As you may have heard, Mitt Romney said in Iowa today that “corporations are people.” Dems immediately pounced on Romney’s gaffe. In fairness, the full context shows that’s not what he meant, but it’s still an incredibly tone deaf thing to say.
Here’s the video being circulated by the Democratic National Committee:
Here’s the full exchange:
ROMNEY: We have to make sure that the promises we make — and Social Security, Medicaid, and Medicare — are promises we can keep. And there are various ways of doing that. One is, we could raise taxes on people.
AUDIENCE MEMBER: Corporations!
ROMNEY: Corporations are people, my friend. We can raise taxes on —
AUDIENCE MEMBER: No, they’re not!
ROMNEY: Of course they are. Everything corporations earn also goes to people.
ROMNEY: Where do you think it goes?
AUDIENCE MEMBER: It goes into their pockets!
ROMNEY: Whose pockets? Whose pockets? People’s pockets! Human beings, my friend. So number one, you can raise taxes. That’s not the approach that I would take.
Romney spokesman Eric Fehrnstrom is already protesting the Dem attacks, arguing: “Do folks think corporations are buildings? They’re people who incorporate to conduct business. They create jobs and hire more people.”
And it’s true from the larger context that what Romney meant is that corporations are made up of people, and that when you tax corporations, you also end up taxing the people who comprise them. The merits of that argument aside, that isn’t the same as arguing that corporations as entities have the legal rights of people.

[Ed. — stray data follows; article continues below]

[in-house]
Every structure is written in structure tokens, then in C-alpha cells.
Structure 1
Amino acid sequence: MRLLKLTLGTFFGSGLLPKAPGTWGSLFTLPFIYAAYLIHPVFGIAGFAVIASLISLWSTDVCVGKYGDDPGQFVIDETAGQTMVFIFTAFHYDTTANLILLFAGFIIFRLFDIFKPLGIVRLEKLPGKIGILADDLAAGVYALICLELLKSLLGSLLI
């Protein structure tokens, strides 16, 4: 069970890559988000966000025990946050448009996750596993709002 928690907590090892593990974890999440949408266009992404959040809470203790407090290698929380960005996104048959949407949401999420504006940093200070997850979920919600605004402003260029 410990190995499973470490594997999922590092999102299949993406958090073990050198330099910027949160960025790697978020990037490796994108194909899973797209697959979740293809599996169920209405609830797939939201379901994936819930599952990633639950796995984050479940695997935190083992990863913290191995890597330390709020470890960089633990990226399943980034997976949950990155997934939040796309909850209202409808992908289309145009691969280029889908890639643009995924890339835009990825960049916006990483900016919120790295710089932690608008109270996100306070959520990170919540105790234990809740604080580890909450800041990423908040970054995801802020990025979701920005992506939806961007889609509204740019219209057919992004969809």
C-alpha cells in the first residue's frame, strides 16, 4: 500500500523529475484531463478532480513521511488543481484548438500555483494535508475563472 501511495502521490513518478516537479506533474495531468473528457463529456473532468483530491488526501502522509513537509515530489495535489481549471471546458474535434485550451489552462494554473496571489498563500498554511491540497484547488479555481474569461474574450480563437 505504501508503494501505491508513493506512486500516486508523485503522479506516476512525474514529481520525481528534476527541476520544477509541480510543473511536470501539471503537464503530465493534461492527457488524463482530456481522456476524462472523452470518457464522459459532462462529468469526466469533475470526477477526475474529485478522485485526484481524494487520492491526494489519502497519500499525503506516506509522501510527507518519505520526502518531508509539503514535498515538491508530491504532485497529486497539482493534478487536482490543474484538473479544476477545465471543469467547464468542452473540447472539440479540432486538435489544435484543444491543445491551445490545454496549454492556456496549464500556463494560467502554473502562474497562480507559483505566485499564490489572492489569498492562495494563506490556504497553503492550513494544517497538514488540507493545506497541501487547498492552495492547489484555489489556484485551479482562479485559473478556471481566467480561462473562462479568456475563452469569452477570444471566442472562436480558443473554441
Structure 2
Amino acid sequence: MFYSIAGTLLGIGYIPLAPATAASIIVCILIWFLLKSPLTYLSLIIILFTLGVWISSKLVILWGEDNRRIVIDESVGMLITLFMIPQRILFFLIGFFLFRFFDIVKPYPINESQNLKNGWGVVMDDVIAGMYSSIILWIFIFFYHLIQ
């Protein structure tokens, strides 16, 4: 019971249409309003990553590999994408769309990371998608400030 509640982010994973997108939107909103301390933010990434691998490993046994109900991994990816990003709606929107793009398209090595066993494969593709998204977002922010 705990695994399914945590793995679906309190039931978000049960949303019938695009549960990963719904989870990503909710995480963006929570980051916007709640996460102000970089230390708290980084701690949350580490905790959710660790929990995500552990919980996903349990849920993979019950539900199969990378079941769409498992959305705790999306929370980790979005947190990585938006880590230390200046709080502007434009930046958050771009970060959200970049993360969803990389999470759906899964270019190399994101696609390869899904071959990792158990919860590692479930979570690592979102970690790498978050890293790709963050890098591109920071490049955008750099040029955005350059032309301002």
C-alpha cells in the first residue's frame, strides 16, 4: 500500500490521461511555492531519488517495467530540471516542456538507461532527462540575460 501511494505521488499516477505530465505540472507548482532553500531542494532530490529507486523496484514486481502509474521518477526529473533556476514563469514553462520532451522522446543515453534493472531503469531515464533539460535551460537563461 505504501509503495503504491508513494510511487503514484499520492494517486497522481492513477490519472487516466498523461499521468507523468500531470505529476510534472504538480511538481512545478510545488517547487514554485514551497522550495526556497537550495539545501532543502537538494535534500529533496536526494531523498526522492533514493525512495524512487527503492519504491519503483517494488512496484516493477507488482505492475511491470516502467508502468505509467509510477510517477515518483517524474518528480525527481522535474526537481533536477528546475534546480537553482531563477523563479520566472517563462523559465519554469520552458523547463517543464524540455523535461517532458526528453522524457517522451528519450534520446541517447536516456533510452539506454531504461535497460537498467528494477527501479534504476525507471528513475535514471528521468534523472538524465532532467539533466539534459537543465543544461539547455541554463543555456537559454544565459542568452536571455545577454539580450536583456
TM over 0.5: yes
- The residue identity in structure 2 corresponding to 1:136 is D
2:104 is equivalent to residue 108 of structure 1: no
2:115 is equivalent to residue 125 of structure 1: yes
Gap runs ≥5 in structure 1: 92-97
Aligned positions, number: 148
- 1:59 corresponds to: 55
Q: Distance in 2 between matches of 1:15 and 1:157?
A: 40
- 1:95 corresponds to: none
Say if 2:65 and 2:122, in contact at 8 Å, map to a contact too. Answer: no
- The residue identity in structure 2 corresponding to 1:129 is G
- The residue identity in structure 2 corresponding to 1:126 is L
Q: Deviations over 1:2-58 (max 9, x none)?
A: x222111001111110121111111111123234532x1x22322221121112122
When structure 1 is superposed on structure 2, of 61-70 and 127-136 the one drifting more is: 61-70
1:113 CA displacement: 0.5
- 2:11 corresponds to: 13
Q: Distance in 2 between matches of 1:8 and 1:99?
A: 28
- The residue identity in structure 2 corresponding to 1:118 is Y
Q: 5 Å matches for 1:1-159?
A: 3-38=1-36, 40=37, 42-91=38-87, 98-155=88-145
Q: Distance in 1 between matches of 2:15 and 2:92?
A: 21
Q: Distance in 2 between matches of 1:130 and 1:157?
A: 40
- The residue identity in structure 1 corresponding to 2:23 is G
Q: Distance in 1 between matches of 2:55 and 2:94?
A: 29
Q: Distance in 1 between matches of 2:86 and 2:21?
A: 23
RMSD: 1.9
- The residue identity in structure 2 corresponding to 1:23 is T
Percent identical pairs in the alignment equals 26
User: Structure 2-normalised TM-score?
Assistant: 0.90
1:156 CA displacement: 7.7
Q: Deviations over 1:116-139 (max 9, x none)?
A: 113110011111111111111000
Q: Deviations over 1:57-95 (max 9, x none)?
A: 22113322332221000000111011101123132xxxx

But, see, Romney does not accord the same fair hearing to Obama’s words that his spokesman is now demanding for his boss. Romney has repeatedly trafficked in one of the rankest of falsehoods out there: That Obama doesn’t believe in “American exceptionalism.” Romney’s book, “No Apology,” bolsters this case by quoting Obama this way: “I believe in American exceptionalism, just as I suspect that the Brits believe in British exceptionalism and the Greeks believe in Greek exceptionalism.” This conveniently omits the rest of Obama’s remarks, in which he went on to explicitly profess his belief that core American values are “exceptional” and that America has “a continued extraordinary role in leading the world.”
Separately, in recent days Romney’s camp has also expressed high dudgeon about an alleged Obama plot to attack his bio and identity, even though he himself has publicly insinuated in multiple ways that Obama is culturally suspect and unsettlingly alien and fundamentally isn’t one of us.
So if his campaign wants to protest that the Dem attacks on his latest gaffe aren’t really fair, they aren’t on terribly solid ground.
UPDATE: Also, as David Dayen notes, Romney’s larger substantive message about entitlements and taxes is far worse than his “gaffe.”